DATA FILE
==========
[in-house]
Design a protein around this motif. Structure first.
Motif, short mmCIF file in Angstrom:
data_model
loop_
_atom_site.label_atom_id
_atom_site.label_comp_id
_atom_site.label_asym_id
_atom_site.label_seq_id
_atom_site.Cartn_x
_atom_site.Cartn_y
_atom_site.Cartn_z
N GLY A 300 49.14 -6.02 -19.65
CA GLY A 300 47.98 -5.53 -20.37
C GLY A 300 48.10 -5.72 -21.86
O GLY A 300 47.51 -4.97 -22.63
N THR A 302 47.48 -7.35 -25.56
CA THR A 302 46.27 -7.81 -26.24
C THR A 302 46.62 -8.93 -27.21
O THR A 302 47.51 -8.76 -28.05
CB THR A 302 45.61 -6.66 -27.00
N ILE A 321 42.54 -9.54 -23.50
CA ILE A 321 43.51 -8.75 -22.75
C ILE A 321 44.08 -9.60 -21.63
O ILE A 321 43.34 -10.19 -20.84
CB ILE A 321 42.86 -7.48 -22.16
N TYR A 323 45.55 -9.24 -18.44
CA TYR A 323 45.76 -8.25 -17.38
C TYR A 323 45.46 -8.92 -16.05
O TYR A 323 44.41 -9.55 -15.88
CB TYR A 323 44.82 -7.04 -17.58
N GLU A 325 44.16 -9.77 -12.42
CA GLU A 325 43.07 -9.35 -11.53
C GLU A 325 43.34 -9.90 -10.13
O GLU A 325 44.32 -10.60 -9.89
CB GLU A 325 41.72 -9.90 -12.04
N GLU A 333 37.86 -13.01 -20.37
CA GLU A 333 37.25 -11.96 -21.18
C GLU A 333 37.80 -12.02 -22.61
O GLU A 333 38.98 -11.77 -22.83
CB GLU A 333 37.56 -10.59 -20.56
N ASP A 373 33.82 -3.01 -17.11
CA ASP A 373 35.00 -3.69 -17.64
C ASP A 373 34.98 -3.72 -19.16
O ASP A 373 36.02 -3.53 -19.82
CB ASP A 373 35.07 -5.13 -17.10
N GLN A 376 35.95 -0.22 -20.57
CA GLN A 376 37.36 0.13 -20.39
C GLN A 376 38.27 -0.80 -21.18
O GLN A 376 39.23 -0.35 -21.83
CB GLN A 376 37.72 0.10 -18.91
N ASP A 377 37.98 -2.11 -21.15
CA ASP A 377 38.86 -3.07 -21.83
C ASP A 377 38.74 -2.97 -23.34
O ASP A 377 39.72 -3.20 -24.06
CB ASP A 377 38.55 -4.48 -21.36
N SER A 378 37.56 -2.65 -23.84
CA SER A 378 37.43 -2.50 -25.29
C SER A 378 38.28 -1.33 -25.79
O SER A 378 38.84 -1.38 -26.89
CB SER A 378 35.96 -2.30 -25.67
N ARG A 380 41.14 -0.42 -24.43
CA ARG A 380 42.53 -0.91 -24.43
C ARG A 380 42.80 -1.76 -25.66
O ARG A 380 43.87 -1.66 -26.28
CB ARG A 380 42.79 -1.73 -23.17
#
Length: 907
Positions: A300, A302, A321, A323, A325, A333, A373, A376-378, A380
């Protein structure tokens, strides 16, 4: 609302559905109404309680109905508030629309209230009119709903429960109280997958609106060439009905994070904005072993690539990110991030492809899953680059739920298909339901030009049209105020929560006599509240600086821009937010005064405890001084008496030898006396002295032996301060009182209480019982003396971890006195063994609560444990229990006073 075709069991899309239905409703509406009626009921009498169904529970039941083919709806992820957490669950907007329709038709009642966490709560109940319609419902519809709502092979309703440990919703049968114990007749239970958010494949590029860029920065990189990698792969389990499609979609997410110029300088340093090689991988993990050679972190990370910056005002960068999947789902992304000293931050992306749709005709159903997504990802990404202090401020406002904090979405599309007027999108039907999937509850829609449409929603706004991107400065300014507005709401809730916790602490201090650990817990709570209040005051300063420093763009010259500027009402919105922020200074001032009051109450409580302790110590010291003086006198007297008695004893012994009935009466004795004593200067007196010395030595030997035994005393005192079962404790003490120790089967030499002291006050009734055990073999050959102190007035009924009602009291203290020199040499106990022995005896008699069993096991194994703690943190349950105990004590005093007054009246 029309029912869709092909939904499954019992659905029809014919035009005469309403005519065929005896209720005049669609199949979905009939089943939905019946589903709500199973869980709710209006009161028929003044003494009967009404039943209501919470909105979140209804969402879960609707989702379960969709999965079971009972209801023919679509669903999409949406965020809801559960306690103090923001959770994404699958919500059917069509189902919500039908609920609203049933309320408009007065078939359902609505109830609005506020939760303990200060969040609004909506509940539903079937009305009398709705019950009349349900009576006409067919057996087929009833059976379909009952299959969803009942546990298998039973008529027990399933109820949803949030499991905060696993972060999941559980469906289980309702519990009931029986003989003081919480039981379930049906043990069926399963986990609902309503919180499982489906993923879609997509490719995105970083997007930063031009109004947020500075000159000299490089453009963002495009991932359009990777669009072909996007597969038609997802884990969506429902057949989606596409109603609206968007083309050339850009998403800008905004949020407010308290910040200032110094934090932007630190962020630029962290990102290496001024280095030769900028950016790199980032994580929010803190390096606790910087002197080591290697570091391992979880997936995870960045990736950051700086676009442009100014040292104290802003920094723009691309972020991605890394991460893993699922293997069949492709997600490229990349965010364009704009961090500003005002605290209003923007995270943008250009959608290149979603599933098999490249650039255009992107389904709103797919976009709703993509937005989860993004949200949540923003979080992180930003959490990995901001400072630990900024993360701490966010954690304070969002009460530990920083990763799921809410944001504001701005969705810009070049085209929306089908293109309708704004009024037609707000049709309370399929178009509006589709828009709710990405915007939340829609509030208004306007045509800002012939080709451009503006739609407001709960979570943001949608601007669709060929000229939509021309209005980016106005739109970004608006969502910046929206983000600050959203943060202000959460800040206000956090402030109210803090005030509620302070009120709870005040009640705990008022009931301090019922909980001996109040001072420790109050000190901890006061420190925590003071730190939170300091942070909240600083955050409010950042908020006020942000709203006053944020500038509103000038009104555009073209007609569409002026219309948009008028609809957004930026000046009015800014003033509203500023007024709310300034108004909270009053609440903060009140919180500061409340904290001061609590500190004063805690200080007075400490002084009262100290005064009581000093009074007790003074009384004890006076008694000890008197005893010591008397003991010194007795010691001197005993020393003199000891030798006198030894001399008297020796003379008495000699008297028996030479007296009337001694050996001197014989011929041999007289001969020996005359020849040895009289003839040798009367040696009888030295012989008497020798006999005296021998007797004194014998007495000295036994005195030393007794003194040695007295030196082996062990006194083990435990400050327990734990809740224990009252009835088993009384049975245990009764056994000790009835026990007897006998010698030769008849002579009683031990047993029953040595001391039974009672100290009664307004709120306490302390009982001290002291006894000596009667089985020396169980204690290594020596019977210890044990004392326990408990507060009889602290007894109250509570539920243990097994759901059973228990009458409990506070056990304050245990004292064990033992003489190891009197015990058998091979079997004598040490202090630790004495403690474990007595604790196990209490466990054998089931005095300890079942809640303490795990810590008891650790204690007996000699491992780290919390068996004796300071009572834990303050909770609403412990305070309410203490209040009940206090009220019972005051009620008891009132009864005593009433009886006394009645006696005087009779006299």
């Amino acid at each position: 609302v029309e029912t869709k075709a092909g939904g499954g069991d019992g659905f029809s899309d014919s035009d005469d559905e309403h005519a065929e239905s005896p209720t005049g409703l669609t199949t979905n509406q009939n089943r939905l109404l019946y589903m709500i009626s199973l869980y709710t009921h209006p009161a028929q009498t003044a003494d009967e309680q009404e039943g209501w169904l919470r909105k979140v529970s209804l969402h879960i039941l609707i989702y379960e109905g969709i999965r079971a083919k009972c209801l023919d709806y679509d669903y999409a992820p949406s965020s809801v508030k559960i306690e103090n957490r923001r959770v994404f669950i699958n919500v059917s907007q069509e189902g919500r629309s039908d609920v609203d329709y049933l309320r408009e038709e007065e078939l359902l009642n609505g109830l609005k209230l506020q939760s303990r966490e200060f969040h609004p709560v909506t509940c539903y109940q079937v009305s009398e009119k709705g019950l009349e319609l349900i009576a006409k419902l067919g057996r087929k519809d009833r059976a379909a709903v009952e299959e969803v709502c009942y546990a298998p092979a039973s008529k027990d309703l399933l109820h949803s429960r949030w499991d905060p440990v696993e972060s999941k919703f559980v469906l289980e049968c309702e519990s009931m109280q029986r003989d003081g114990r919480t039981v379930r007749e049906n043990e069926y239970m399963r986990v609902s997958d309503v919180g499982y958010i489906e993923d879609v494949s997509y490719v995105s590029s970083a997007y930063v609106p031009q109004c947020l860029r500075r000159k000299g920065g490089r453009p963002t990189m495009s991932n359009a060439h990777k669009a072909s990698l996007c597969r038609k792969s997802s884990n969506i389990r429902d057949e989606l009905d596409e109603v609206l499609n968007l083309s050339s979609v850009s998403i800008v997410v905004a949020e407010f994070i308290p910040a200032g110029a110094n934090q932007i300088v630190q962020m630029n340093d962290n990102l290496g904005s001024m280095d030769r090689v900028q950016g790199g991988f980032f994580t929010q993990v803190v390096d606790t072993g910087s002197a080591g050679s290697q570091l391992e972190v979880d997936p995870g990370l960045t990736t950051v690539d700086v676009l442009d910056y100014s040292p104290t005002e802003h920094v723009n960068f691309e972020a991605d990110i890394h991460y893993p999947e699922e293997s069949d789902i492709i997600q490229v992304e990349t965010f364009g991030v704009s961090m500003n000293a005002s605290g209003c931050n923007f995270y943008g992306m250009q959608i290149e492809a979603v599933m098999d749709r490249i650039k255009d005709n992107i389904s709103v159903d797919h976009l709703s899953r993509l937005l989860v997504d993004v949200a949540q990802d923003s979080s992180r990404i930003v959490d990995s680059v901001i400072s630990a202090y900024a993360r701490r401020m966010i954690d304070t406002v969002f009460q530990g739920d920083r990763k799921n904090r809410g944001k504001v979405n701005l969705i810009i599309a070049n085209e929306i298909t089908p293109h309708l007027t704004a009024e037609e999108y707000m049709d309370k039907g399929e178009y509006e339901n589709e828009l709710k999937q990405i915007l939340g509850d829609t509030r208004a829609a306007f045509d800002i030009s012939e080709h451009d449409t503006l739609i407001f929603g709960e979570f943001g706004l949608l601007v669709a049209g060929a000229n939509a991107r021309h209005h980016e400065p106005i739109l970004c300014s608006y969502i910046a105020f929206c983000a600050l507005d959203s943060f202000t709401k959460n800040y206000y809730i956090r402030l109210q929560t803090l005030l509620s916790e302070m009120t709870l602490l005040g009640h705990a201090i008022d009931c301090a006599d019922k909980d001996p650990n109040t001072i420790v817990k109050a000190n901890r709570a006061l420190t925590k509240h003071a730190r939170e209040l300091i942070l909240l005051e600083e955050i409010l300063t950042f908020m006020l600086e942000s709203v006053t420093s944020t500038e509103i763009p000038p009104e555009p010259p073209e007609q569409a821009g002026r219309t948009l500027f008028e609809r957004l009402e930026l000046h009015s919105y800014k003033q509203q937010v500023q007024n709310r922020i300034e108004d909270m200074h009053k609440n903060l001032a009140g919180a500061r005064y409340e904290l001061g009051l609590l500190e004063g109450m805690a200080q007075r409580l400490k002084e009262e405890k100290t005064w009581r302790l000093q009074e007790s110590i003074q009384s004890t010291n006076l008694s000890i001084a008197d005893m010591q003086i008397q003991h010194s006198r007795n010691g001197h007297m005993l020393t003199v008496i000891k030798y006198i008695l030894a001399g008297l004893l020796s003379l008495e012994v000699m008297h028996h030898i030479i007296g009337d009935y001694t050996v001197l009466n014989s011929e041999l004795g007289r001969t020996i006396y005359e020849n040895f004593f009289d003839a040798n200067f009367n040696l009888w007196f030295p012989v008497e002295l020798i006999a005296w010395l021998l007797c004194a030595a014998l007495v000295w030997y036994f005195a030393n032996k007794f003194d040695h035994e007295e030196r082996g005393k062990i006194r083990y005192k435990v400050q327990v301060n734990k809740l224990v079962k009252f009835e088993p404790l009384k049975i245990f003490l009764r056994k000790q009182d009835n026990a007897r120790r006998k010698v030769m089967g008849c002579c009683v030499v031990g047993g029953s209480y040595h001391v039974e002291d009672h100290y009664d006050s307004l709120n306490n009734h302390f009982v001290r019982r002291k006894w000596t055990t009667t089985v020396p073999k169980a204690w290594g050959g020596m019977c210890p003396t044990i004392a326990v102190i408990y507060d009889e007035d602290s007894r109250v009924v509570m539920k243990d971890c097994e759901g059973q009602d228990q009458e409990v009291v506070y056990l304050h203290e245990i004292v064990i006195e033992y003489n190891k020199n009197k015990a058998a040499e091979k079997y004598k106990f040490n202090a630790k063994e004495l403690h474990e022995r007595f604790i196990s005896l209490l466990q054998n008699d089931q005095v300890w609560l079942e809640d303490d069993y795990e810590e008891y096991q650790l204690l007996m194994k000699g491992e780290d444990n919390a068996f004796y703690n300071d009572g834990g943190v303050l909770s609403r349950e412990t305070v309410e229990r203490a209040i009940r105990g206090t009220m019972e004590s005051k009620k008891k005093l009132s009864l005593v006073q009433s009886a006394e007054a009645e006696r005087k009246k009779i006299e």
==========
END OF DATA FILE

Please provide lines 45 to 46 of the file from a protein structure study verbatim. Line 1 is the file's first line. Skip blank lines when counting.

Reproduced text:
O ASP A 373 36.02 -3.53 -19.82
CB ASP A 373 35.07 -5.13 -17.10